The SCORPION-led operations promoted on the Police Department's Facebook page give you a glimpse of their work: arrests that start with traffic stops, escalate to more serious confrontations and end with arrests of people for drugs and weapons.

The unit also busted an alleged stolen car salvage yard after tracking down a stolen car, searching a robbery site and finding drugs and weapons, and apprehending a suspected car thief. 

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Mark LeSure, a former Memphis sergeant who retired in 2021, said he began to see large numbers of relatively inexperienced officers being assigned to specialized units as many of the police officers began to leave in recent years.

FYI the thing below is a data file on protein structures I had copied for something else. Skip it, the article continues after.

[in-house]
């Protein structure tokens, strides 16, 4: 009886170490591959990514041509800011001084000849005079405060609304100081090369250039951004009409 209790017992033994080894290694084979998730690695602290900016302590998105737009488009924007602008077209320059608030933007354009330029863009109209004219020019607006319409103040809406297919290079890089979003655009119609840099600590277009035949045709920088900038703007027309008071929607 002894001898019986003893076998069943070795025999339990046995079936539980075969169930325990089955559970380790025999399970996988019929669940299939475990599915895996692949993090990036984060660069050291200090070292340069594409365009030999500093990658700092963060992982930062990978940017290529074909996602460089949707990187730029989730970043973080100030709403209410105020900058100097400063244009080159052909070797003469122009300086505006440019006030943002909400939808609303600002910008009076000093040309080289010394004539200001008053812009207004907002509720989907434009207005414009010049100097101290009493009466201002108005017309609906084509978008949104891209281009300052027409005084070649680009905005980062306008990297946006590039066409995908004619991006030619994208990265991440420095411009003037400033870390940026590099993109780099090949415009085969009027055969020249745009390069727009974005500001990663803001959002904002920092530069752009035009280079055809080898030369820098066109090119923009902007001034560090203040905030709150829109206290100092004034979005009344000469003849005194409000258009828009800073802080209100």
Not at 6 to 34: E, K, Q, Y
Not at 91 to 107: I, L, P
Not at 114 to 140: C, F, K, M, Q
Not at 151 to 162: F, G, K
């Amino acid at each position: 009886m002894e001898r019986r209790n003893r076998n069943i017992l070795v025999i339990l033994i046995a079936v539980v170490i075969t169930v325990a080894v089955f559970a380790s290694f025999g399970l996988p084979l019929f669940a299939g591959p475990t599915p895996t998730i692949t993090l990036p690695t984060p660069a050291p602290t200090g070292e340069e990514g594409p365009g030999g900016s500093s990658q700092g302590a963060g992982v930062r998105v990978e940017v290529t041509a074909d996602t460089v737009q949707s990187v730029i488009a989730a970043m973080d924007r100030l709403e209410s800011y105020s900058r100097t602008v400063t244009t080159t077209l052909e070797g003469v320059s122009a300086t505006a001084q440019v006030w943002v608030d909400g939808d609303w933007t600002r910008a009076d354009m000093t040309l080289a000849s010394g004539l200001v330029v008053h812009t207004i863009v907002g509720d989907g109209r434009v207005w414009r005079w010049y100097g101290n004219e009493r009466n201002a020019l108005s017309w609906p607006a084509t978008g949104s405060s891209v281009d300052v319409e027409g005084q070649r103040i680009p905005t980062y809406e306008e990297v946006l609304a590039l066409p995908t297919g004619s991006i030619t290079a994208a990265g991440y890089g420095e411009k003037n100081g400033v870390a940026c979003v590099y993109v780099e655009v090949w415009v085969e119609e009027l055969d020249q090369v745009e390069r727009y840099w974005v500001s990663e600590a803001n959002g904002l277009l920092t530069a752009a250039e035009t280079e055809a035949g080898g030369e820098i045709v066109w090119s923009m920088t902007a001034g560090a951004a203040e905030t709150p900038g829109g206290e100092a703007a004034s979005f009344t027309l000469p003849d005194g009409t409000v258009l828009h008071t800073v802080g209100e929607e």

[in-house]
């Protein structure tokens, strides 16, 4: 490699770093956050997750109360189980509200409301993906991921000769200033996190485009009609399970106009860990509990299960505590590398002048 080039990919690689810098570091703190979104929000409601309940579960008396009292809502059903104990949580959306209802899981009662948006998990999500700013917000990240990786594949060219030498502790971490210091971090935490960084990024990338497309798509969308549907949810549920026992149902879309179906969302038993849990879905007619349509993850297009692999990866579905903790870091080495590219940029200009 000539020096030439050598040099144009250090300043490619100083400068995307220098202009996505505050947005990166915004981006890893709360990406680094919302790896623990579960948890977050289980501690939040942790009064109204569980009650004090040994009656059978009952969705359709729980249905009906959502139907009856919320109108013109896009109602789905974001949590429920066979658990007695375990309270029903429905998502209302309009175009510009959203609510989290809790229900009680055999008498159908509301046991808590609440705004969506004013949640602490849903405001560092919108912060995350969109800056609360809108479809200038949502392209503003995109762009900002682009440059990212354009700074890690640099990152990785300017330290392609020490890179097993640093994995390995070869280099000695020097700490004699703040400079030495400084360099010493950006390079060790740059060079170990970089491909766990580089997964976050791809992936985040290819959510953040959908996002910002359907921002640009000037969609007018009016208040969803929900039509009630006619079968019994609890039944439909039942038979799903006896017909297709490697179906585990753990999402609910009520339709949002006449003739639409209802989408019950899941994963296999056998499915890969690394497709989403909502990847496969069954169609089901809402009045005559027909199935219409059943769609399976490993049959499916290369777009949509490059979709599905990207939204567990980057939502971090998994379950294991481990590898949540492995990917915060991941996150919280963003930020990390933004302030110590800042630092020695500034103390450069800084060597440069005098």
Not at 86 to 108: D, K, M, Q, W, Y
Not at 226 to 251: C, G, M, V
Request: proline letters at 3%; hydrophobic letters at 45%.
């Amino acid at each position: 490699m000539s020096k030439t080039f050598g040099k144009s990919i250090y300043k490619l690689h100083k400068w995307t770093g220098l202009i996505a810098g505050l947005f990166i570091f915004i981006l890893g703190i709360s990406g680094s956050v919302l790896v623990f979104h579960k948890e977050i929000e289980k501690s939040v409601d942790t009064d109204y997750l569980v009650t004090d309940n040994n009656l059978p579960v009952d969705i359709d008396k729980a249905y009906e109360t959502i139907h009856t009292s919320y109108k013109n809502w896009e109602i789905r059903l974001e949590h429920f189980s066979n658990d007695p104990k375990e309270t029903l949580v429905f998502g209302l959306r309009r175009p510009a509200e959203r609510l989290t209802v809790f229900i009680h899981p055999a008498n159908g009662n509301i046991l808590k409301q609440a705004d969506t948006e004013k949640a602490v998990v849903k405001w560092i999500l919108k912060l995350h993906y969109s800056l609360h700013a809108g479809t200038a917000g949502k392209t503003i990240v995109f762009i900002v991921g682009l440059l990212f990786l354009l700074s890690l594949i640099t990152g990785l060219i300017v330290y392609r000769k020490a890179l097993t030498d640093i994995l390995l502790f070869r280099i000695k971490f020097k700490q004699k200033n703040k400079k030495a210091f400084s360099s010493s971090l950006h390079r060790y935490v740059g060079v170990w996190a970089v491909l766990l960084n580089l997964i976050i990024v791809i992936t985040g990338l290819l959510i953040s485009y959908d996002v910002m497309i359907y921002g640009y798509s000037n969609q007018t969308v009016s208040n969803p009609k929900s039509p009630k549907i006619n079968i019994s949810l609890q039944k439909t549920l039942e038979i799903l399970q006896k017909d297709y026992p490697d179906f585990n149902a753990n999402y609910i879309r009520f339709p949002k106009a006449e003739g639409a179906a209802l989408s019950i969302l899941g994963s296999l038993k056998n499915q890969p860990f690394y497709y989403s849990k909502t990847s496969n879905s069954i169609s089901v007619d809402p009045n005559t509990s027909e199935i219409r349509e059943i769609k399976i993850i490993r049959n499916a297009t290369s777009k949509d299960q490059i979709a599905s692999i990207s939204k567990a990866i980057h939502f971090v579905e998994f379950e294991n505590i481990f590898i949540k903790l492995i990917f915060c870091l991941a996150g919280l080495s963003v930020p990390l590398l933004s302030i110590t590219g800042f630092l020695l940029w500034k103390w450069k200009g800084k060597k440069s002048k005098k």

These units did not have enough experienced personnel to train the new agents, he says, and that worried him.

“Rookies were assigned to specialized units where they had nothing to do,” he said.

LeSure said former colleagues who still work in the police have told him that the unit, which was launched after he retired, is known for having a "zero tolerance" policy on crime, which he says , means that officers "do what they can to stop people." 

The officers charged in Nichols' death were hired between 2017 and 2020.

They are between the ages of 24 and 32.

All five Memphis (Tennessee) Police Department officers arrested in the death of Tire Nichols.

From left to right, top to bottom: Tadarrius Bean, Demetrius Haley, Emmitt Martin III, Desmond Mills, Jr., and Justin Smith.

Memphis Police Department via NBC News

E. Winslow


Chapman, who was director of the Police Department from 1976 to 1983, said he was surprised to hear that young, inexperienced officers would be assigned to a unit like SCORPION.